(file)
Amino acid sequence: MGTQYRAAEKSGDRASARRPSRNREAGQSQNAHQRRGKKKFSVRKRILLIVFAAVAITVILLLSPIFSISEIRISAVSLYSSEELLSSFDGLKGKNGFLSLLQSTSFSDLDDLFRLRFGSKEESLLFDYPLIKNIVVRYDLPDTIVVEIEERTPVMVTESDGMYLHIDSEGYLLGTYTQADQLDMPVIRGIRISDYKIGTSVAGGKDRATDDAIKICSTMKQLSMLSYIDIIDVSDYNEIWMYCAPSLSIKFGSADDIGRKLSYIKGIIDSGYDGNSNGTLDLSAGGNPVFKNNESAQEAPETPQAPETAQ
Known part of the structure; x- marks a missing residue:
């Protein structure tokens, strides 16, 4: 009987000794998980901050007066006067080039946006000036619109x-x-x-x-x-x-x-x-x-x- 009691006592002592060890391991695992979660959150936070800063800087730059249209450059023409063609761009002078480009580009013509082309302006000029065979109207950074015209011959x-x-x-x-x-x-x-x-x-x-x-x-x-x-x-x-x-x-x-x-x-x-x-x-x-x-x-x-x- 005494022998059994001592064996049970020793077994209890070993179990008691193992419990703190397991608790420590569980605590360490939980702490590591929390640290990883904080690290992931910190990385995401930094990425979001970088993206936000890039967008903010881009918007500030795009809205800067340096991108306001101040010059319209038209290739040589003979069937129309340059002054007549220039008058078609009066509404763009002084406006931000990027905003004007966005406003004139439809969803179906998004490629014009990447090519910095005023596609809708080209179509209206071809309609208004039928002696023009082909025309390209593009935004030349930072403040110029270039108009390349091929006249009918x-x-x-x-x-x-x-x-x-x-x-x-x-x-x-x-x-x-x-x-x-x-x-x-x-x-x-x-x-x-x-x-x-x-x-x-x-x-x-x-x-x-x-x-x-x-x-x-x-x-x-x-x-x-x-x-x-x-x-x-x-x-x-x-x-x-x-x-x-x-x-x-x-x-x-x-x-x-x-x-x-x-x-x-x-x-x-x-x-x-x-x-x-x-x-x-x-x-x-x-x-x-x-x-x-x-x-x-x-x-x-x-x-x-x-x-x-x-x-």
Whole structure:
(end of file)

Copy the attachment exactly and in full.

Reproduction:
Amino acid sequence: MGTQYRAAEKSGDRASARRPSRNREAGQSQNAHQRRGKKKFSVRKRILLIVFAAVAITVILLLSPIFSISEIRISAVSLYSSEELLSSFDGLKGKNGFLSLLQSTSFSDLDDLFRLRFGSKEESLLFDYPLIKNIVVRYDLPDTIVVEIEERTPVMVTESDGMYLHIDSEGYLLGTYTQADQLDMPVIRGIRISDYKIGTSVAGGKDRATDDAIKICSTMKQLSMLSYIDIIDVSDYNEIWMYCAPSLSIKFGSADDIGRKLSYIKGIIDSGYDGNSNGTLDLSAGGNPVFKNNESAQEAPETPQAPETAQ
Known part of the structure; x- marks a missing residue:
């Protein structure tokens, strides 16, 4: 009987000794998980901050007066006067080039946006000036619109x-x-x-x-x-x-x-x-x-x- 009691006592002592060890391991695992979660959150936070800063800087730059249209450059023409063609761009002078480009580009013509082309302006000029065979109207950074015209011959x-x-x-x-x-x-x-x-x-x-x-x-x-x-x-x-x-x-x-x-x-x-x-x-x-x-x-x-x- 005494022998059994001592064996049970020793077994209890070993179990008691193992419990703190397991608790420590569980605590360490939980702490590591929390640290990883904080690290992931910190990385995401930094990425979001970088993206936000890039967008903010881009918007500030795009809205800067340096991108306001101040010059319209038209290739040589003979069937129309340059002054007549220039008058078609009066509404763009002084406006931000990027905003004007966005406003004139439809969803179906998004490629014009990447090519910095005023596609809708080209179509209206071809309609208004039928002696023009082909025309390209593009935004030349930072403040110029270039108009390349091929006249009918x-x-x-x-x-x-x-x-x-x-x-x-x-x-x-x-x-x-x-x-x-x-x-x-x-x-x-x-x-x-x-x-x-x-x-x-x-x-x-x-x-x-x-x-x-x-x-x-x-x-x-x-x-x-x-x-x-x-x-x-x-x-x-x-x-x-x-x-x-x-x-x-x-x-x-x-x-x-x-x-x-x-x-x-x-x-x-x-x-x-x-x-x-x-x-x-x-x-x-x-x-x-x-x-x-x-x-x-x-x-x-x-x-x-x-x-x-x-x-």
Whole structure: